No wind whatsoever. The sea is still rough as fuck though. When the wind comes from one direction and then stops the waves will continue to come from that same direction for another 24 hours. And if the wind comes from a certain direction, and then changes directions, it will take another 24 hours for the waves to adapt to the new wind pattern. Then as the boat travels against the waves it gets pounded into the swells coming in the sinister direction and it is violent as hell.
With no wind, we had to have the engine running all morning just to stay in motion through the swells. And, it was fucking pouring, pouring, pouring, buckets of rain. Rick gave me a mildew-meets-mold rain suit that had been put away wet months ago. I was actually able to have a worse smell coming from me. Cold, rain, rough seas, no pretty girls, no sex… I am really really looking forward to Japan. Today is 10 days without an orgasm. It is the longest, probably double the longest, I have ever gone since I discovered things as a young boy. I try not to think at all about women or sex. Self purification? Maybe. I need it.
I have a lot of pimples and I am confused by that. I wash my face regularly with wet wipes, and my diet is pretty much just apples. The pimples like to show up in my mega itchy beard. And my tailbone is very sore from sitting so much. I use a lot of energy to keep myself on this boat every day, but 90% of it is while I am sitting on my ass. It aches.
We had dolphins playing and swimming with the boat this afternoon. There were probably a dozen of them, swimming and crossing under the boat. That was pretty cool to experience. It is also probably equally as exciting for them when they first find some kind of vessel travelling on the water that they can play with and turn into a game. When they got bored of our docile movements, they ditched us.
It is slow going for us because we are fighting a current as we get nearer to Japan. Fighting a current with the motor is a battle, but it is not so bad to sail against a current. That is something that I have never considered before in my life. Even with a current working against you in the water below, the wind on top is in control of your speed when you are sailing.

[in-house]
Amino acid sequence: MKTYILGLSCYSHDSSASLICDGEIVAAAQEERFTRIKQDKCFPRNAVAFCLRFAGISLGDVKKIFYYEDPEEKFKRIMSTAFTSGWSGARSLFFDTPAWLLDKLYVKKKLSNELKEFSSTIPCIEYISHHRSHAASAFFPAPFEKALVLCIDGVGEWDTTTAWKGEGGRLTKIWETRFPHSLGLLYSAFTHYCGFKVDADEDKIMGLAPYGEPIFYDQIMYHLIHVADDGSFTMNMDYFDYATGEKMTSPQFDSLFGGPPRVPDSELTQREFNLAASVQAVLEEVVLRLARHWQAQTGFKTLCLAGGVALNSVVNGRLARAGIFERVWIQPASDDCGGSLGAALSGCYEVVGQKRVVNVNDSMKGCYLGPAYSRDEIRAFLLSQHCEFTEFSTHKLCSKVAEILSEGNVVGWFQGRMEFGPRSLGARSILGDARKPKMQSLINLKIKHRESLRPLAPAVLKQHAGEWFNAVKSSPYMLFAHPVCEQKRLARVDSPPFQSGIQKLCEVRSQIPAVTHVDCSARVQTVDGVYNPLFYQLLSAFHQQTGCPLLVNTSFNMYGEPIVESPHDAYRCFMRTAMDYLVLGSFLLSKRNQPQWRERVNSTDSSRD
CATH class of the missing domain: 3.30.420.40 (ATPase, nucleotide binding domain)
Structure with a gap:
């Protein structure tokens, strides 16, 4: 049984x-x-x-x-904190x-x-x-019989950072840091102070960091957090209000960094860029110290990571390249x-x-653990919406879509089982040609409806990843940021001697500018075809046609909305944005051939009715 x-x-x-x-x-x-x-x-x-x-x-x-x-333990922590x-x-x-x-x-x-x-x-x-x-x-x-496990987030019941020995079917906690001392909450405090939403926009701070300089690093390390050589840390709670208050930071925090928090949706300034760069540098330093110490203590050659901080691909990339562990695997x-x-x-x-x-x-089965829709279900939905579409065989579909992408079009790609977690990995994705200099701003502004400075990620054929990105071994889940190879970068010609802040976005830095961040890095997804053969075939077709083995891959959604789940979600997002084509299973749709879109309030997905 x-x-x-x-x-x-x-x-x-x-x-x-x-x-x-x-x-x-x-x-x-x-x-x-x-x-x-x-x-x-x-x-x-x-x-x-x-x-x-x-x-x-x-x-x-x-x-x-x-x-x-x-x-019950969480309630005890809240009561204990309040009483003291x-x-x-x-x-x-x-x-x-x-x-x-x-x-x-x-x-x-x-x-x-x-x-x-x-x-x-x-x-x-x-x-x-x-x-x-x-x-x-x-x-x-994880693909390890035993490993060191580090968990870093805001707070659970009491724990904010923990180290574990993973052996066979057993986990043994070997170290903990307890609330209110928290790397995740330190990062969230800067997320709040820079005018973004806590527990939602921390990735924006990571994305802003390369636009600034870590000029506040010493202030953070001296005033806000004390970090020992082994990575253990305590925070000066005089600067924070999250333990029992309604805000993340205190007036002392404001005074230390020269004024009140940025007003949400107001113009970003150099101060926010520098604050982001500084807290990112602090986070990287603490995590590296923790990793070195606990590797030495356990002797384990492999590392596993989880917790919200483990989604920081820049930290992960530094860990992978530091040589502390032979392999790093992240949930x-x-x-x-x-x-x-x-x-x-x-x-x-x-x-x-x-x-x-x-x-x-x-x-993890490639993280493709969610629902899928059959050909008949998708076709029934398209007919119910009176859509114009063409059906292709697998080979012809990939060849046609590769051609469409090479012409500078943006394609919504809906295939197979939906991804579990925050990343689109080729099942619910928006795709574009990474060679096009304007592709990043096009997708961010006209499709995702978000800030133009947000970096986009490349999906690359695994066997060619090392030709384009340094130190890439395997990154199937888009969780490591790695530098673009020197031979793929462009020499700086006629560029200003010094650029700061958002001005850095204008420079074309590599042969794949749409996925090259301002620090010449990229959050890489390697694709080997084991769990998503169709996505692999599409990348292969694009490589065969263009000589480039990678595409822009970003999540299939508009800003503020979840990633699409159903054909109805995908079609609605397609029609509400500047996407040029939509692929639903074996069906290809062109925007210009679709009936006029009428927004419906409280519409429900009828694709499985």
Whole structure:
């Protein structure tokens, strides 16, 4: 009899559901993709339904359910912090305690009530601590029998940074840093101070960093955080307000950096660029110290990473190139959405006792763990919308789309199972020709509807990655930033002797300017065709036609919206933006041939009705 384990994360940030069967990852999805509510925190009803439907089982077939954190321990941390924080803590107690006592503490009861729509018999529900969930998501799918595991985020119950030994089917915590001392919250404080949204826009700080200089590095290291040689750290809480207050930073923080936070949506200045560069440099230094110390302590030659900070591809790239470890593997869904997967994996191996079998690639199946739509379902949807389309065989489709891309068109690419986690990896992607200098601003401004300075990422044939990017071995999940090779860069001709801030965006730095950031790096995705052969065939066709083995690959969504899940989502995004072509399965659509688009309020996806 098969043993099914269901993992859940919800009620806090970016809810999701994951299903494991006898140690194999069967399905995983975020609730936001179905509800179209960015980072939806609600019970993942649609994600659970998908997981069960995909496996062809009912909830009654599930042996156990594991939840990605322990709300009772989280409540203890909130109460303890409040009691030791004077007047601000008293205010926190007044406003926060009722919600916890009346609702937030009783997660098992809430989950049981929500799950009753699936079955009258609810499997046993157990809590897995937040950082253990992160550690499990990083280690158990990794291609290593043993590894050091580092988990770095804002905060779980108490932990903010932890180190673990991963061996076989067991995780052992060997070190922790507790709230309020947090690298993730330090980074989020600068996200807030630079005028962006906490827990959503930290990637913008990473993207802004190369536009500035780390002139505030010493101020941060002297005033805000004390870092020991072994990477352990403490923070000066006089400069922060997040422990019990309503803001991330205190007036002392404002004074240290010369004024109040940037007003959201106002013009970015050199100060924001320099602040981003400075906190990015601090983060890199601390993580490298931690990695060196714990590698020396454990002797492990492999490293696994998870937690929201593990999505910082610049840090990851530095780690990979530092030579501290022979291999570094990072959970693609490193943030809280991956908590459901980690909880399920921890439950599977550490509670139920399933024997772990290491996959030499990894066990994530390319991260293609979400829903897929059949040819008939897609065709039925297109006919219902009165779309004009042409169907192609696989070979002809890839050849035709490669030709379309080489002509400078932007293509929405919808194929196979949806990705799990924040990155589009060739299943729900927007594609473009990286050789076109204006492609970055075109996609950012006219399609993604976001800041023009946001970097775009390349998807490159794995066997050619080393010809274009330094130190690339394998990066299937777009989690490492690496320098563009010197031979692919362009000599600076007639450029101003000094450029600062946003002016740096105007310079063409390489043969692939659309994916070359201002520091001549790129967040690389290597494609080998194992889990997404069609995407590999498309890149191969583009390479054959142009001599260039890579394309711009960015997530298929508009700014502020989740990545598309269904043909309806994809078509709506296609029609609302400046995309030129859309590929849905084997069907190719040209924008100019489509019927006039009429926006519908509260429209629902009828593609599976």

On my night-shift double I spent about three hours singing Beatles songs, belting them out through the night. That felt awesome. I am also getting really good at picking out the constellations in the sky. I can now read a sky of constellations like words in a book! What a great skill to acquire. My favourite is constellation is Scorpion. However, for reasons I do not understand yet, the planets that you can see in the sky are always in a perfectly straight line that could link all of them. Maybe they all revolve around the sun at the same angle and parameter? I need to research that.
This morning we were sitting out on deck and a little birdie came flying super hard towards us with his little wings, and then roosted about an arm’s length from where we sat. He did not seem to have any fear to humans. I could have cupped him with my hands he was so small, and we are at least 200 knots from land. It looked to be a lot of work when he flew, so I have no idea what he is doing here. He was pretty. He did not seem to know what to do with himself, so he left the boat and flew back to us three times.
I rode on the front of the boats bow today. I should have been doing that every day. It is a very cool and smooth rodeo. I am getting the hang of things here and I am learning to be a sailor. Rick says that I am getting to be pretty useful on the deck, which I suppose is a good skill to learn. Also, I have been learning to tie all kinds of fancy knots like any good sailor can, which will certainly be an asset in life, should a broke friend talk me into helping truck his furniture.